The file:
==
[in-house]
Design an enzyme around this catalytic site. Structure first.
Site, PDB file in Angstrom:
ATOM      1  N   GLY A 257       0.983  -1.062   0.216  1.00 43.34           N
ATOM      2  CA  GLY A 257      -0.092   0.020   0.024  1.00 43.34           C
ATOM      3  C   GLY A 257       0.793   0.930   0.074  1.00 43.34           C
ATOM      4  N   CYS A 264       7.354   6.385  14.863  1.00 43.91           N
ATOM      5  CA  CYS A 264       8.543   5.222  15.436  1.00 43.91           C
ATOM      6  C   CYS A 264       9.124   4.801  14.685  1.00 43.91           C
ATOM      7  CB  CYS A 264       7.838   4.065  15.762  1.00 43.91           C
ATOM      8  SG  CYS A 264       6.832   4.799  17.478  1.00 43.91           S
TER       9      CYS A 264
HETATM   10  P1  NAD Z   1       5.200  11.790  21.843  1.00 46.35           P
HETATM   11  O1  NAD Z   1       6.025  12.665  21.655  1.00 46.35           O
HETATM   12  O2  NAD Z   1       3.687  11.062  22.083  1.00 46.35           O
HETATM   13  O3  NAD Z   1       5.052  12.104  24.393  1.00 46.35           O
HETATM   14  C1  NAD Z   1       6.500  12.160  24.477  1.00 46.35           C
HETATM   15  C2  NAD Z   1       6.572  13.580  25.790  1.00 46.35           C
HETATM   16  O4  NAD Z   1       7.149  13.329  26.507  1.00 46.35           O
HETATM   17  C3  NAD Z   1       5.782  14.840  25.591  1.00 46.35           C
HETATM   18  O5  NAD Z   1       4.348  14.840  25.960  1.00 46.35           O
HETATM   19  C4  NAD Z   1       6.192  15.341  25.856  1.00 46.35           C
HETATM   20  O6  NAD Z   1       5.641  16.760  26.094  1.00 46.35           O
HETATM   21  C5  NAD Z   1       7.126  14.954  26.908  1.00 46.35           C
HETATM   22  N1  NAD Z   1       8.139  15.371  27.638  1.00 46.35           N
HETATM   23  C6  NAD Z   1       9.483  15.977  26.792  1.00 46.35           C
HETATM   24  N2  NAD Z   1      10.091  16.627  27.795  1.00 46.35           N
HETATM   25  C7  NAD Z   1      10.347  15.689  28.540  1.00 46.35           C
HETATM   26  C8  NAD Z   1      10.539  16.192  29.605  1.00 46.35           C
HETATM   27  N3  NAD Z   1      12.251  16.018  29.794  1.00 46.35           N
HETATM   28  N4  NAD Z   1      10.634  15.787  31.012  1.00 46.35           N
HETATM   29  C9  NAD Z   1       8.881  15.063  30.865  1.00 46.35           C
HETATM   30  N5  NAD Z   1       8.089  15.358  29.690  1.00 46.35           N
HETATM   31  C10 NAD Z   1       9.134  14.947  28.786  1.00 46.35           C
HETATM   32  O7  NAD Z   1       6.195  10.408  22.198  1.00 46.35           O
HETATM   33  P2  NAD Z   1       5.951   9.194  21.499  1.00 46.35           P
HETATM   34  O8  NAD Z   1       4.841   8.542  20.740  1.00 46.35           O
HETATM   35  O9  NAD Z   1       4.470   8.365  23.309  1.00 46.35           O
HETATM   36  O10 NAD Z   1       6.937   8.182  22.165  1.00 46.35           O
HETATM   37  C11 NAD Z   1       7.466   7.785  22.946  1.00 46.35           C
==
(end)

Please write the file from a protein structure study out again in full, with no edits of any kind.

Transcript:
[in-house]
Design an enzyme around this catalytic site. Structure first.
Site, PDB file in Angstrom:
ATOM      1  N   GLY A 257       0.983  -1.062   0.216  1.00 43.34           N
ATOM      2  CA  GLY A 257      -0.092   0.020   0.024  1.00 43.34           C
ATOM      3  C   GLY A 257       0.793   0.930   0.074  1.00 43.34           C
ATOM      4  N   CYS A 264       7.354   6.385  14.863  1.00 43.91           N
ATOM      5  CA  CYS A 264       8.543   5.222  15.436  1.00 43.91           C
ATOM      6  C   CYS A 264       9.124   4.801  14.685  1.00 43.91           C
ATOM      7  CB  CYS A 264       7.838   4.065  15.762  1.00 43.91           C
ATOM      8  SG  CYS A 264       6.832   4.799  17.478  1.00 43.91           S
TER       9      CYS A 264
HETATM   10  P1  NAD Z   1       5.200  11.790  21.843  1.00 46.35           P
HETATM   11  O1  NAD Z   1       6.025  12.665  21.655  1.00 46.35           O
HETATM   12  O2  NAD Z   1       3.687  11.062  22.083  1.00 46.35           O
HETATM   13  O3  NAD Z   1       5.052  12.104  24.393  1.00 46.35           O
HETATM   14  C1  NAD Z   1       6.500  12.160  24.477  1.00 46.35           C
HETATM   15  C2  NAD Z   1       6.572  13.580  25.790  1.00 46.35           C
HETATM   16  O4  NAD Z   1       7.149  13.329  26.507  1.00 46.35           O
HETATM   17  C3  NAD Z   1       5.782  14.840  25.591  1.00 46.35           C
HETATM   18  O5  NAD Z   1       4.348  14.840  25.960  1.00 46.35           O
HETATM   19  C4  NAD Z   1       6.192  15.341  25.856  1.00 46.35           C
HETATM   20  O6  NAD Z   1       5.641  16.760  26.094  1.00 46.35           O
HETATM   21  C5  NAD Z   1       7.126  14.954  26.908  1.00 46.35           C
HETATM   22  N1  NAD Z   1       8.139  15.371  27.638  1.00 46.35           N
HETATM   23  C6  NAD Z   1       9.483  15.977  26.792  1.00 46.35           C
HETATM   24  N2  NAD Z   1      10.091  16.627  27.795  1.00 46.35           N
HETATM   25  C7  NAD Z   1      10.347  15.689  28.540  1.00 46.35           C
HETATM   26  C8  NAD Z   1      10.539  16.192  29.605  1.00 46.35           C
HETATM   27  N3  NAD Z   1      12.251  16.018  29.794  1.00 46.35           N
HETATM   28  N4  NAD Z   1      10.634  15.787  31.012  1.00 46.35           N
HETATM   29  C9  NAD Z   1       8.881  15.063  30.865  1.00 46.35           C
HETATM   30  N5  NAD Z   1       8.089  15.358  29.690  1.00 46.35           N
HETATM   31  C10 NAD Z   1       9.134  14.947  28.786  1.00 46.35           C
HETATM   32  O7  NAD Z   1       6.195  10.408  22.198  1.00 46.35           O
HETATM   33  P2  NAD Z   1       5.951   9.194  21.499  1.00 46.35           P
HETATM   34  O8  NAD Z   1       4.841   8.542  20.740  1.00 46.35           O
HETATM   35  O9  NAD Z   1       4.470   8.365  23.309  1.00 46.35           O
HETATM   36  O10 NAD Z   1       6.937   8.182  22.165  1.00 46.35           O
HETATM   37  C11 NAD Z   1       7.466   7.785  22.946  1.00 46.35           C